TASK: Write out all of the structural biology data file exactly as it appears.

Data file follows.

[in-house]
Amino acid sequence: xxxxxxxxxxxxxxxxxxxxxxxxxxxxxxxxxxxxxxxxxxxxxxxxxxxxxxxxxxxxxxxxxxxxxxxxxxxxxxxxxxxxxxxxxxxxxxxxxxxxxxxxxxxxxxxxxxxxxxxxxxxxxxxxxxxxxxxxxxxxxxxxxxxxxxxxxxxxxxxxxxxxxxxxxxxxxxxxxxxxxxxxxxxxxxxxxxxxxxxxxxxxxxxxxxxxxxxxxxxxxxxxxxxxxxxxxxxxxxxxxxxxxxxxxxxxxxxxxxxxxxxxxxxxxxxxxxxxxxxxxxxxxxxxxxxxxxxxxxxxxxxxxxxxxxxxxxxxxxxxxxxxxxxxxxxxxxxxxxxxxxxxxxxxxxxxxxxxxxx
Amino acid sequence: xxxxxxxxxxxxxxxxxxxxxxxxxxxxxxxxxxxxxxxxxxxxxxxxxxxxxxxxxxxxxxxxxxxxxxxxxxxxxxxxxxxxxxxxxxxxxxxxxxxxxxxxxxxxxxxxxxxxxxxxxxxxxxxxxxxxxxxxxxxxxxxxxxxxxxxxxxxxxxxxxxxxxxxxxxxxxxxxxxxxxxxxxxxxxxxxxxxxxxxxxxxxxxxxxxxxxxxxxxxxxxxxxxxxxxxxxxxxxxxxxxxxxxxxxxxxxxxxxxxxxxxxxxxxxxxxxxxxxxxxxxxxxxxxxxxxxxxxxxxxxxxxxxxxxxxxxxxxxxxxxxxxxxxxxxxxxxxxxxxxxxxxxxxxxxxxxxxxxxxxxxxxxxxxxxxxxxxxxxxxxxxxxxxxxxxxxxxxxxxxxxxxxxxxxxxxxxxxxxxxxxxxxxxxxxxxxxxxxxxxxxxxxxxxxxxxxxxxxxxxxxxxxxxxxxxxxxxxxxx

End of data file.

[in-house]
Amino acid sequence: xxxxxxxxxxxxxxxxxxxxxxxxxxxxxxxxxxxxxxxxxxxxxxxxxxxxxxxxxxxxxxxxxxxxxxxxxxxxxxxxxxxxxxxxxxxxxxxxxxxxxxxxxxxxxxxxxxxxxxxxxxxxxxxxxxxxxxxxxxxxxxxxxxxxxxxxxxxxxxxxxxxxxxxxxxxxxxxxxxxxxxxxxxxxxxxxxxxxxxxxxxxxxxxxxxxxxxxxxxxxxxxxxxxxxxxxxxxxxxxxxxxxxxxxxxxxxxxxxxxxxxxxxxxxxxxxxxxxxxxxxxxxxxxxxxxxxxxxxxxxxxxxxxxxxxxxxxxxxxxxxxxxxxxxxxxxxxxxxxxxxxxxxxxxxxxxxxxxxxx
Amino acid sequence: xxxxxxxxxxxxxxxxxxxxxxxxxxxxxxxxxxxxxxxxxxxxxxxxxxxxxxxxxxxxxxxxxxxxxxxxxxxxxxxxxxxxxxxxxxxxxxxxxxxxxxxxxxxxxxxxxxxxxxxxxxxxxxxxxxxxxxxxxxxxxxxxxxxxxxxxxxxxxxxxxxxxxxxxxxxxxxxxxxxxxxxxxxxxxxxxxxxxxxxxxxxxxxxxxxxxxxxxxxxxxxxxxxxxxxxxxxxxxxxxxxxxxxxxxxxxxxxxxxxxxxxxxxxxxxxxxxxxxxxxxxxxxxxxxxxxxxxxxxxxxxxxxxxxxxxxxxxxxxxxxxxxxxxxxxxxxxxxxxxxxxxxxxxxxxxxxxxxxxxxxxxxxxxxxxxxxxxxxxxxxxxxxxxxxxxxxxxxxxxxxxxxxxxxxxxxxxxxxxxxxxxxxxxxxxxxxxxxxxxxxxxxxxxxxxxxxxxxxxxxxxxxxxxxxxxxxxxxxxx